Maternally Inherited Diabetes with Deafness and Obesity: Body Weight Reduction Response to Treatment with Insulin Analogues

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The Review of Diabetic Studies,2006,3,4,205-207.
Published:February 2007
Type:Case Report
Author(s) affiliations:

Maciej T. Malecki1, Jan Skupien1, Tomasz Klupa1, Antonina Naskalska1, Sylwia Gorczynska-Kosiorz2, Dariusz K. Moczulski2, Jacek Sieradzki1

1Department of Metabolic Diseases, Jagiellonian University, Medical College, Krakow, Poland.

2Department of Internal Medicine, Diabetology and Nephrology, Silesian School of Medicine, Zabrze, Poland.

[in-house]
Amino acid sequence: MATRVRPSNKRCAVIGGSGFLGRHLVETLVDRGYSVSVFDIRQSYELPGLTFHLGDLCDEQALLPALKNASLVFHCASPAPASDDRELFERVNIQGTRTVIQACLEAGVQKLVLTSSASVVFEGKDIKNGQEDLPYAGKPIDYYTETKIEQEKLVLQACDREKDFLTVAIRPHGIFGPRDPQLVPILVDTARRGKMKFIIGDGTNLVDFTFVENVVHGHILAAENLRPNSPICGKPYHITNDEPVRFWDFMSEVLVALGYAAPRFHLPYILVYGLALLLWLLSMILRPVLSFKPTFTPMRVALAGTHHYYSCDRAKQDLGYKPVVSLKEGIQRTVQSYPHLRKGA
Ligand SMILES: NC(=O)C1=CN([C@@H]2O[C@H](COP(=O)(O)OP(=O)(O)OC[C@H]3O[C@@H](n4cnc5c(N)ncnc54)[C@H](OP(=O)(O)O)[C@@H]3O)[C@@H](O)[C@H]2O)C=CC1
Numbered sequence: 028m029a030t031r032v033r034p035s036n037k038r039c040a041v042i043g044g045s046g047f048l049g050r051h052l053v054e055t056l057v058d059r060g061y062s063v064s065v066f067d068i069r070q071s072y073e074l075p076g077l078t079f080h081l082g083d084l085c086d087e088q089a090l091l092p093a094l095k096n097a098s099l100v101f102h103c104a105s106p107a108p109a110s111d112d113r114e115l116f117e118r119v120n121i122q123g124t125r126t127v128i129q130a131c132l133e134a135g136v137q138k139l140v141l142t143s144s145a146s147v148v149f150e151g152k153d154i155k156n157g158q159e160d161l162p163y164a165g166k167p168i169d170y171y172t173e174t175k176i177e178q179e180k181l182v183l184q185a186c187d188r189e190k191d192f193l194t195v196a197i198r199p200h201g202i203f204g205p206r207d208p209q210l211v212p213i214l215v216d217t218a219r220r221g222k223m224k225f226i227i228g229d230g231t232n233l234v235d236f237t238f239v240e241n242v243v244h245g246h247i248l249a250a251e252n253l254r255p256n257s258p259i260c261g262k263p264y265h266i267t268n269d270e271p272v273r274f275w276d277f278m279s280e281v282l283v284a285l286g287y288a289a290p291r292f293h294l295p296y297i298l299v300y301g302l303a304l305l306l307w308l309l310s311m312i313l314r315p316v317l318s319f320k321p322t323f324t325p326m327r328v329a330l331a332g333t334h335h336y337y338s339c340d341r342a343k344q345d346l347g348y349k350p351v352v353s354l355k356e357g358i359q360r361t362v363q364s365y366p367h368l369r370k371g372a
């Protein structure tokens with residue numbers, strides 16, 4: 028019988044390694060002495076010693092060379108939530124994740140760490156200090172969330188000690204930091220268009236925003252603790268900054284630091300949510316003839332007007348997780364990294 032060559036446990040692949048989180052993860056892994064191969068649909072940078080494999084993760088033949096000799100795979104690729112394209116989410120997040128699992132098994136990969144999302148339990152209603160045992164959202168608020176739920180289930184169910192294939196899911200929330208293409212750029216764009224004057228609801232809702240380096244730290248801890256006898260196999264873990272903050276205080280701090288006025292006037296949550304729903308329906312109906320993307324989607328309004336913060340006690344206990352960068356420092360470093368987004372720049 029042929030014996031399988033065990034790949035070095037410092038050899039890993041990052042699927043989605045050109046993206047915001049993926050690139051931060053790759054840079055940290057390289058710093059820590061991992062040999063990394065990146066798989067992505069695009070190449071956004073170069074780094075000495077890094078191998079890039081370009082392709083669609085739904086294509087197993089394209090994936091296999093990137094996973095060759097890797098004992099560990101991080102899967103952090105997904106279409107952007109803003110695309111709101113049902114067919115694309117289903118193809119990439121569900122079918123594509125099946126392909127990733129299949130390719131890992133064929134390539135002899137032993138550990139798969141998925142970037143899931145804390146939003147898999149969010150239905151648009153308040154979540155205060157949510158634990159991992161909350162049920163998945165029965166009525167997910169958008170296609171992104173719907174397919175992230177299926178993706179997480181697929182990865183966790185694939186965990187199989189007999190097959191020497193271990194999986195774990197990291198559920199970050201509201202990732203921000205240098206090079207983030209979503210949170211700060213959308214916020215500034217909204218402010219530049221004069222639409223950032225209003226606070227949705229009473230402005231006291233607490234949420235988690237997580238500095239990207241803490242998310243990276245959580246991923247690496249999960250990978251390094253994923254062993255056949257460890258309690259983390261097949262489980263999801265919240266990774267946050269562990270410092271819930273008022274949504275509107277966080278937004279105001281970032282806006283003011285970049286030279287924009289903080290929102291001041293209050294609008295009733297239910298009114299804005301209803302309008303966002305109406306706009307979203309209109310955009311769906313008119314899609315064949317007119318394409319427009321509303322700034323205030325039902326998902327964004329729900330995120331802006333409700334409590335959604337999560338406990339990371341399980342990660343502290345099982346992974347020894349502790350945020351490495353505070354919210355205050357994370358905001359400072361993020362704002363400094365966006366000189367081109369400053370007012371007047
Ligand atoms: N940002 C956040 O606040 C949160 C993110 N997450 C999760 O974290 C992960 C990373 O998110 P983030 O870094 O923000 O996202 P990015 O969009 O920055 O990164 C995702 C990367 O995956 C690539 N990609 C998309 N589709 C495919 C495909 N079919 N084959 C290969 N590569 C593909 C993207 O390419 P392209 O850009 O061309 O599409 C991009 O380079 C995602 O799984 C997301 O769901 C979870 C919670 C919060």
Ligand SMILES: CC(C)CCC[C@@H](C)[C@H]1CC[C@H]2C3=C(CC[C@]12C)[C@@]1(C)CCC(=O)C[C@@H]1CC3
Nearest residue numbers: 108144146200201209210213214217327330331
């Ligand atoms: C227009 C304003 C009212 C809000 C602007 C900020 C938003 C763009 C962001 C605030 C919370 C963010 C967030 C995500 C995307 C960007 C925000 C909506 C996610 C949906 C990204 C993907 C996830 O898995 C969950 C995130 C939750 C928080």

Maternally inherited diabetes with deafness (MIDD) is a rare, monogenic form of diabetes mellitus caused by mutations in the mitochondrial genome, the most frequent being the A3243G substitution of the tRNALeu gene. We screened 520 individuals with type 2 diabetes mellitus and 45 probands from families with a clinical picture of maturity onset diabetes of the young (MODY) using restriction fragment length polymorphism. One carrier of the mutation being investigated was found in a proband from a MODY family. The patient was a 20 year-old woman, diagnosed at the age of 16 years as having type 1 diabetes mellitus. On entry to the study, she was treated by a multiple daily injection regimen (MDI) with regular human insulin and human NPH insulin. Typical extra-pancreatic symptoms of MIDD were present, such as macular pattern dystrophy and mild bilateral sensory hearing loss. Additionally, the patient presented abdominal obesity (BMI 32.0), an uncommon feature in monogenic insulin secretion defects, including MIDD. To facilitate weight loss, the diabetes treatment was modified. Since metformin treatment is considered to be contraindicated in MIDD because of the increased risk of lactic acidosis, we used insulin analogues (aspart and detemir) in an MDI regimen and hypocaloric diet. This resulted in a 6.3 kg weight reduction (BMI 27.4) and normalization of HbA1c level (from 7.2 to 6.1 %) during a three-month follow-up. On the basis of this case, we suggest that an MDI regimen with insulin analogues may be a preferred therapeutic option in some rare clinical situations, such as MIDD associated with obesity.